U.S. President Donald Trump would not insist on including repeal of an Obama-era health insurance mandate in a bill intended to enact the biggest overhaul of the tax code since the 1980s, a senior White House aide said on Sunday.
The version of tax legislation put forward by Senate Republican leaders would remove a requirement in former President Barack Obama's signature healthcare law that taxes Americans who decline to buy health insurance.
"If we can repeal part of Obamacare as part of a tax bill ... that can pass, that's great," White House budget director Mick Mulvaney said on CNN's "State of the Union" on Sunday.
"If it becomes an impediment to getting the best tax bill we can, then we are O.K. with taking it out," Mulvaney said.
Getting rid of the so-called individual mandate is one of Republican Trump's main goals. He campaigned for president last year on a promise to repeal and replace his Democratic predecessor's 2010 Affordable Care Act, commonly called Obamacare, but Congress has so far not agreed on how to do that.
Another top Trump administration official, Treasury Secretary Steve Mnuchin, said the individual mandate was "not a bargaining chip" but said the White House would work with the Senate to get a tax bill passed this year.
"This is all about getting this passed in the Senate. This isn't a bargaining chip," Mnuchin said on "Fox News Sunday." "The president thinks we should get rid of it and I think we should get rid of it."
Mnuchin said the objective "right now" was to keep repeal of the mandate in the bill. "We are going to work with the Senate as we go through this. We are going got get something to the president to sign this year," he said.
The House of Representatives last week passed its tax bill. Republicans, who control both chambers of Congress, consider a tax bill critical to their party’s prospects in the 2018 U.S. congressional elections.
SENATE VOTE AFTER THANKSGIVING
Trump had urged lawmakers to add repeal of the mandate to the tax bill, writing on Twitter last week that the provision was "unfair" and "highly unpopular." The next day, Senate Majority Leader Mitch McConnell did just that.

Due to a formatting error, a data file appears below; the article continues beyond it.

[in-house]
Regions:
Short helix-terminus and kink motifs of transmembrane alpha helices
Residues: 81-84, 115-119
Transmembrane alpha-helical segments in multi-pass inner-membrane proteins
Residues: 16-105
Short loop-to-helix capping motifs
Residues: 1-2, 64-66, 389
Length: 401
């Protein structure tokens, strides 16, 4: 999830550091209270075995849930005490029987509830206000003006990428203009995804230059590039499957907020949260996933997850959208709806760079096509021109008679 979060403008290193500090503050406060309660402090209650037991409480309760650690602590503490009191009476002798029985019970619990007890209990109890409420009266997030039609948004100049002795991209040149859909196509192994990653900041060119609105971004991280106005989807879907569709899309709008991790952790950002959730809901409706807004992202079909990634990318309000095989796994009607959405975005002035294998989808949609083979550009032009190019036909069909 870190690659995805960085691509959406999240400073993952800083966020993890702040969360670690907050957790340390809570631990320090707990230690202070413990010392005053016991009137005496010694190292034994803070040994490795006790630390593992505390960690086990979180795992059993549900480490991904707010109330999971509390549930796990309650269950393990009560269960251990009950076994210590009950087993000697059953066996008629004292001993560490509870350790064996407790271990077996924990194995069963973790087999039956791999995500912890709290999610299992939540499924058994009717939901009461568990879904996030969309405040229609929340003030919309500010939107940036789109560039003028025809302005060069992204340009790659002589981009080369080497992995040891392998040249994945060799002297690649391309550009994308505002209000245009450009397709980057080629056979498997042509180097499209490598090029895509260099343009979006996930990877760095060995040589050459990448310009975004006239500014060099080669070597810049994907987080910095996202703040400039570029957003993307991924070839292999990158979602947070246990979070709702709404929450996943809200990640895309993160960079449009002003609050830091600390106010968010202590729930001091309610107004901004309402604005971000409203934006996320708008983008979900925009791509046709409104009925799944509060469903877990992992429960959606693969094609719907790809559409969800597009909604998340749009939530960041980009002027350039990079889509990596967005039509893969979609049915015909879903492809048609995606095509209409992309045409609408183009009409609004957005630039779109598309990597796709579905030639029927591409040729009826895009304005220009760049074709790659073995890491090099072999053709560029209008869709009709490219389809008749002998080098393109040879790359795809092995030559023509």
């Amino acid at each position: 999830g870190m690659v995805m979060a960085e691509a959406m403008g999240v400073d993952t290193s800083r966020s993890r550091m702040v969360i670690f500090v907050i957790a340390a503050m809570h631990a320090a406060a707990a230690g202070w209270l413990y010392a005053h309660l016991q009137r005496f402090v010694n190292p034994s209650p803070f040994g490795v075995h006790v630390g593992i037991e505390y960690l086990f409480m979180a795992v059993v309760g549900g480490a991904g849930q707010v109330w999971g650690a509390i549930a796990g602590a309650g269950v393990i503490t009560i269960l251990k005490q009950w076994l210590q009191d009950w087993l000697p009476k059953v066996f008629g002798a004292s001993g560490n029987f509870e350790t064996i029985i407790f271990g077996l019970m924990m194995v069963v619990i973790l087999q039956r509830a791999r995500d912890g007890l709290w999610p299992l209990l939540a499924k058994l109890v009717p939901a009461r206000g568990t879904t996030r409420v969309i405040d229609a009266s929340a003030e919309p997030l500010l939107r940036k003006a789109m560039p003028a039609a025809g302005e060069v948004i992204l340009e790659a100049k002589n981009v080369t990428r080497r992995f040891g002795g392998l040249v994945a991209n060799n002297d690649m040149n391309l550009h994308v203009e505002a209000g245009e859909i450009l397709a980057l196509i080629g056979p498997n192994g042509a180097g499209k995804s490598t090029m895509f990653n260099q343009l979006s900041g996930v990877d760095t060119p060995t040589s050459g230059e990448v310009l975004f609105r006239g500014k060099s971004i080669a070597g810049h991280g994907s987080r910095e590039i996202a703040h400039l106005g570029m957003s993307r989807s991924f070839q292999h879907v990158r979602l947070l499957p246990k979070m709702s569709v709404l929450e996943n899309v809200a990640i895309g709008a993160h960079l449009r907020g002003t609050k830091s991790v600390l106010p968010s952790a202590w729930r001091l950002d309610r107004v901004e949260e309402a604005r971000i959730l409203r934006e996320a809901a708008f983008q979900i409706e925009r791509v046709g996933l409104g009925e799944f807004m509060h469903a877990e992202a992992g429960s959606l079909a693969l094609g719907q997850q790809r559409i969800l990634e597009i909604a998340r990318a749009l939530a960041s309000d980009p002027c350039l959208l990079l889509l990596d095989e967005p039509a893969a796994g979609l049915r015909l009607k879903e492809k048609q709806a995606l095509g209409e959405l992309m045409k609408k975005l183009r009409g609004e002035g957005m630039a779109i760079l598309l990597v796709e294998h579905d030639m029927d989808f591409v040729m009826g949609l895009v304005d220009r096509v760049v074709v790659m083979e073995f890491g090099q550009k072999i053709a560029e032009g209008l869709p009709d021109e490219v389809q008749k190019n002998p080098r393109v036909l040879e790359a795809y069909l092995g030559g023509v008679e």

Republican senators who have been critical of the plan said that some middle-income taxpayers could see any benefits of the tax cuts wiped out by higher health insurance premiums if the repeal of the Affordable Care Act’s mandate goes through.
Among them was Senator Susan Collins, one of a handful of Republicans who voted in July to block a broader Republican attempt to dismantle Obamacare.
"I don't think that provision should be in the bill. I hope the Senate will follow the lead of the House and strike it," Collins said on CNN's "State of the Union."
Republican Senator Roy Blunt said he thinks the Senate bill will pass with or without the individual mandate repeal. "It depends on where the votes are," he told NBC's "Meet the Press."
Collins also wants the Senate to send more relief to middle income taxpayers by keeping the top tax rate of 39.6 percent for people who make 1 million or more a year, as the House does.
Collins has emerged as a pivotal lawmaker in the tax debate, along with Republican senators John McCain, Lisa Murkowski and Ron Johnson, all of whom are also on the fence about it.
The Senate bill needs work, Collins told ABC's "This Week."
"I want to see changes in that bill," she said. "And I think there will be changes."
(Reporting by Lucia Mutikani and Valerie Volcovici; Additional reporting by Caren Bohan and Doina Chiacu; Editing by Grant McCool)